Mads Mikkelsen, the star of NBC's Hannibal, will eat just about anything — even things the show's enthusiastic but no-nonsense food stylist, Janice Poon, explicitly warns him against. For example, there was the time the actor spooned a heaping glob of lukewarm bone marrow into his mouth midscene.
"I told him, 'You can't. It's too cold. You'd need to put it on bread, anyway,'" Poon says, her broad smile somehow audible over the phone as she recounts the story from Toronto, where she lives and works. "And he said, 'Well, I'll try.' So he scooped out a great, huge gob of it and downed it. His head cocked ever so slightly. He faked swallowing, made it through the scene, came out, and spat it right into the garbage."
Poon on the Hannibal set; photo courtesy Brooke Palmer, NBC
Hannibal, which returns to NBC for a third season this week, unleashes a level of terror and gore that tests — if not frequently oversteps — the typical standards of network television. Based on Thomas Harris's novel Red Dragon, a prequel to Silence of the Lambs, the series traces FBI consultant Will Graham (Hugh Dancy) as he faces off with Dr. Hannibal Lecter (Mikkelsen). Hannibal's cannibalistic creations are equal parts grotesque and gourmet, and they're no mere set dressing; the dishes are inextricably woven into the storyline of its episode. This means Poon's role far exceeds that of a typical TV food stylist, from her chummy relationships with the actors to the sheer demands of the job.
Working closely with series creator Bryan Fuller, culinary consultant and Michelin-starred, world-class chef José Andrés, and a bare-bones staff of two assistants, the often-ponytailed Poon might find herself tasked with crafting a lifelike, food-safe imitation of a human lung, sourcing sea urchin out of season, or, as a particularly memorable scene demanded, dreaming up a horrific-yet-extravagant way to serve up a calf. Fuller tells us that moment in particular was a great example of how the trio works as a team. "I send an email to José and Janice and say, 'How would you cook a human leg?' José very quickly responds: 'It must be ossobucco, served with canoe-cut marrow bone,'" he remembers. "Then, Janice starts filling in specifics . . . as to what lively fruits or vegetables or exotic sea life would animate the dish to tickle our imagination's taste buds." (The finished product: leg served baked in a clay shell, which Hannibal cracked tableside before serving up a slice to to the same poor soul the limb had been severed from just hours before.) Fuller's reliance on the duo's expertise even extends into the writers' room; he often asks Poon and Andrés to help craft Hannibal's dialogue during meals as the character waxes poetic about his culinary creations.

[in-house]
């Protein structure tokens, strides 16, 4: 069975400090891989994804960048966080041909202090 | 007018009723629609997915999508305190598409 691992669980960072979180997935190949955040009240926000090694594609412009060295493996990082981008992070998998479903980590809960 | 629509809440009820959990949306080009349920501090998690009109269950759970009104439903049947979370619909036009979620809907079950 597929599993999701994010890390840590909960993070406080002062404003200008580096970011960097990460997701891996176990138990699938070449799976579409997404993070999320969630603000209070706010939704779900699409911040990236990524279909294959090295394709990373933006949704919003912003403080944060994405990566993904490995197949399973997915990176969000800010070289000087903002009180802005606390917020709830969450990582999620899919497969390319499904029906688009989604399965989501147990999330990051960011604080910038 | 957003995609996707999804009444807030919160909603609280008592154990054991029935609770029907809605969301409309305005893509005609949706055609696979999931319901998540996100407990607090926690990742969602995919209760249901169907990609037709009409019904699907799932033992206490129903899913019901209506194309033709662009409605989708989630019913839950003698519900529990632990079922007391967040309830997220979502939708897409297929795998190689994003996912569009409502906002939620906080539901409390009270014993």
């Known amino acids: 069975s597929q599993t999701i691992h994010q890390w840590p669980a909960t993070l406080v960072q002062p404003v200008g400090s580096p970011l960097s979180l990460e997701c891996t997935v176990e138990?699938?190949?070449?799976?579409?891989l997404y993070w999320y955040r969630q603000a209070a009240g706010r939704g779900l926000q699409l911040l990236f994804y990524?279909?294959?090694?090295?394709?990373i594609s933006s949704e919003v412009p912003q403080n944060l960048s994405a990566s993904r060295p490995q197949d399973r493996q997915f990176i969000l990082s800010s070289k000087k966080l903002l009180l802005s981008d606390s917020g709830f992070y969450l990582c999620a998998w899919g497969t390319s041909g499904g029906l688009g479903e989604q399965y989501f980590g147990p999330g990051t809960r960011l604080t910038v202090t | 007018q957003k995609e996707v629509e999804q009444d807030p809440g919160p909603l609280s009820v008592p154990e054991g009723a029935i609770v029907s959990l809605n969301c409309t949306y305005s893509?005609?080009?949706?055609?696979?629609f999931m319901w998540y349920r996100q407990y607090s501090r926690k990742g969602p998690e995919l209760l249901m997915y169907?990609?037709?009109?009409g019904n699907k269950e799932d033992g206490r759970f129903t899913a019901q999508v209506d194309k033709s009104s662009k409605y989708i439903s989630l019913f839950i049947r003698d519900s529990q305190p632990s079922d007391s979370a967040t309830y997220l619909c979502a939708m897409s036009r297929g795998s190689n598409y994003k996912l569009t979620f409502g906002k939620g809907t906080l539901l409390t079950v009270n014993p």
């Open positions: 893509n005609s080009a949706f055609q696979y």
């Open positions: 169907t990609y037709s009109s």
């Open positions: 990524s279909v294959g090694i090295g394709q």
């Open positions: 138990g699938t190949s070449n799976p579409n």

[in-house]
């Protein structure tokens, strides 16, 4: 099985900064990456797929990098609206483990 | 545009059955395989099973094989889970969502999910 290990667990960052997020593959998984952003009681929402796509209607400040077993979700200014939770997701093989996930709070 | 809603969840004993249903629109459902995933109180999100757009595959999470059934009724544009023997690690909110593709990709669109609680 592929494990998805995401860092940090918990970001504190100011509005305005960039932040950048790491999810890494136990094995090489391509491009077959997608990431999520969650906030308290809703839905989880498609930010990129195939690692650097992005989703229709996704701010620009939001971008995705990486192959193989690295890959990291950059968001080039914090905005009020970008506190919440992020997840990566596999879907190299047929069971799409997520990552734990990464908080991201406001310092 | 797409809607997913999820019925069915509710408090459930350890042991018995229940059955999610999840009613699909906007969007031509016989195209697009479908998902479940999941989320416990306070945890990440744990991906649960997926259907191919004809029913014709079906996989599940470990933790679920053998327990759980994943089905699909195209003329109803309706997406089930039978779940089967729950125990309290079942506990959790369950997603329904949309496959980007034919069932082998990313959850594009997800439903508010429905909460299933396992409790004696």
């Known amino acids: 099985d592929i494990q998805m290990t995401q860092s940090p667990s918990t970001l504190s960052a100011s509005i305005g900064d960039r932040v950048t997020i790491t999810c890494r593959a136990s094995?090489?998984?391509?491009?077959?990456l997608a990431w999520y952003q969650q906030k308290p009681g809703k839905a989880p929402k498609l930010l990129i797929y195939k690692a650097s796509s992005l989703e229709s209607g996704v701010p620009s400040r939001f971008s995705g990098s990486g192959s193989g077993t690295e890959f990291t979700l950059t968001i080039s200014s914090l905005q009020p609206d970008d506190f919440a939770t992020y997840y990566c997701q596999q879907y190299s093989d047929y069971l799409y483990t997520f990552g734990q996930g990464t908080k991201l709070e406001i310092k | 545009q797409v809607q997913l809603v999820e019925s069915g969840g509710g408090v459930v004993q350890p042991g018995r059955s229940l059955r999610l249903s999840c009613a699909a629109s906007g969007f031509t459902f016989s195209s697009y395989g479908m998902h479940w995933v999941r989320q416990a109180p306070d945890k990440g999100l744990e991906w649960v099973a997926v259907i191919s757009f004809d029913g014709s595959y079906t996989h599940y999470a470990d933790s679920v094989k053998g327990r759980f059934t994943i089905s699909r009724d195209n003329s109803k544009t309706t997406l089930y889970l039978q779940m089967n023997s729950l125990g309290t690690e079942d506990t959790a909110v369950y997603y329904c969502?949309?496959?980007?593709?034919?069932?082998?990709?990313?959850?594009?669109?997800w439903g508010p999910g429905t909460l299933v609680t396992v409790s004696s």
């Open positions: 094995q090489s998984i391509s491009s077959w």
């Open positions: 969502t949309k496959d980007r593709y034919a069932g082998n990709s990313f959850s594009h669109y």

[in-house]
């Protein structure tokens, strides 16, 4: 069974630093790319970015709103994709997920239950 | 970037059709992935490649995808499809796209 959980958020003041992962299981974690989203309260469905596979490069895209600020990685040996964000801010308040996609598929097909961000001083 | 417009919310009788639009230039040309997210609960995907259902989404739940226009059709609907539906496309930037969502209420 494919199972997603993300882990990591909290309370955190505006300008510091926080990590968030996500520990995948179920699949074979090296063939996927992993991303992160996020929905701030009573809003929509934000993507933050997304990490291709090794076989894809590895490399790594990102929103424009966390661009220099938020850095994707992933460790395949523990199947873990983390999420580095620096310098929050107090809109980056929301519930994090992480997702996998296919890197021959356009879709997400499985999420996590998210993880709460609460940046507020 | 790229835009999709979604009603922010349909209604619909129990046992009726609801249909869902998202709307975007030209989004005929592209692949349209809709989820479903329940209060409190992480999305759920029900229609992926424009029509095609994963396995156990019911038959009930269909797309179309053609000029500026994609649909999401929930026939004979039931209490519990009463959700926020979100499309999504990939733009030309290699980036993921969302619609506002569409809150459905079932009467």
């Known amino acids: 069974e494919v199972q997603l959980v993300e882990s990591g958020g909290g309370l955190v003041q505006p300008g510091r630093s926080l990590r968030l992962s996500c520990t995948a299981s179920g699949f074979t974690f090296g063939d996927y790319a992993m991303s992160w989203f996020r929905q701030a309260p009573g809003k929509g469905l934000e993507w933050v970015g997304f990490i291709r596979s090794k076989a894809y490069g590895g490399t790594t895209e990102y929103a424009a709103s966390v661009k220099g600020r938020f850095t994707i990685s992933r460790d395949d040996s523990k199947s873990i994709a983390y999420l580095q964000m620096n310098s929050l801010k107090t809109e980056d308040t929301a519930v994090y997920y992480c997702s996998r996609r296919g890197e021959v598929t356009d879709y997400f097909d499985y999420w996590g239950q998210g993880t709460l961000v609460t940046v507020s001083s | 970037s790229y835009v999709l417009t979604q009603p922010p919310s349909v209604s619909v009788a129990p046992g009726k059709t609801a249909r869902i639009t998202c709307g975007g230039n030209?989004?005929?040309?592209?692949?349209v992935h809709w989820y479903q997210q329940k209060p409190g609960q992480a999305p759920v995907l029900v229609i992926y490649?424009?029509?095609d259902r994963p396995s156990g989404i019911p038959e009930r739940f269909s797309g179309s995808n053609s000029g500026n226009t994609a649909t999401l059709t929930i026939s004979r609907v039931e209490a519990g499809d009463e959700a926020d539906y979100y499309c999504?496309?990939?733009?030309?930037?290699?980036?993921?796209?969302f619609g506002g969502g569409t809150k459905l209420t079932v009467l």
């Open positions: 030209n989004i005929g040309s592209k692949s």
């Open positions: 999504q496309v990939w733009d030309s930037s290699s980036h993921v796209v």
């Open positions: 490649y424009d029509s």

At left, Poon determines if pork tenderloin will make a good substitute for a human calf; photo courtesy Janice Poon
Typically clad in her standard uniform of all black, Poon is frequently up before dawn to stop by the butcher shop where she is a regular, if not always welcome, customer. "They always look at me with fear and loathing," she laughs, "because it's not going to be just a quick, ring-me-up sale." Despite the growing familiarity among the city's food purveyors with Poon's offbeat job cooking for Hannibal the cannibal, her occasional trip to scope out pig rectums or inquire after a camel leg still raises enough eyebrows.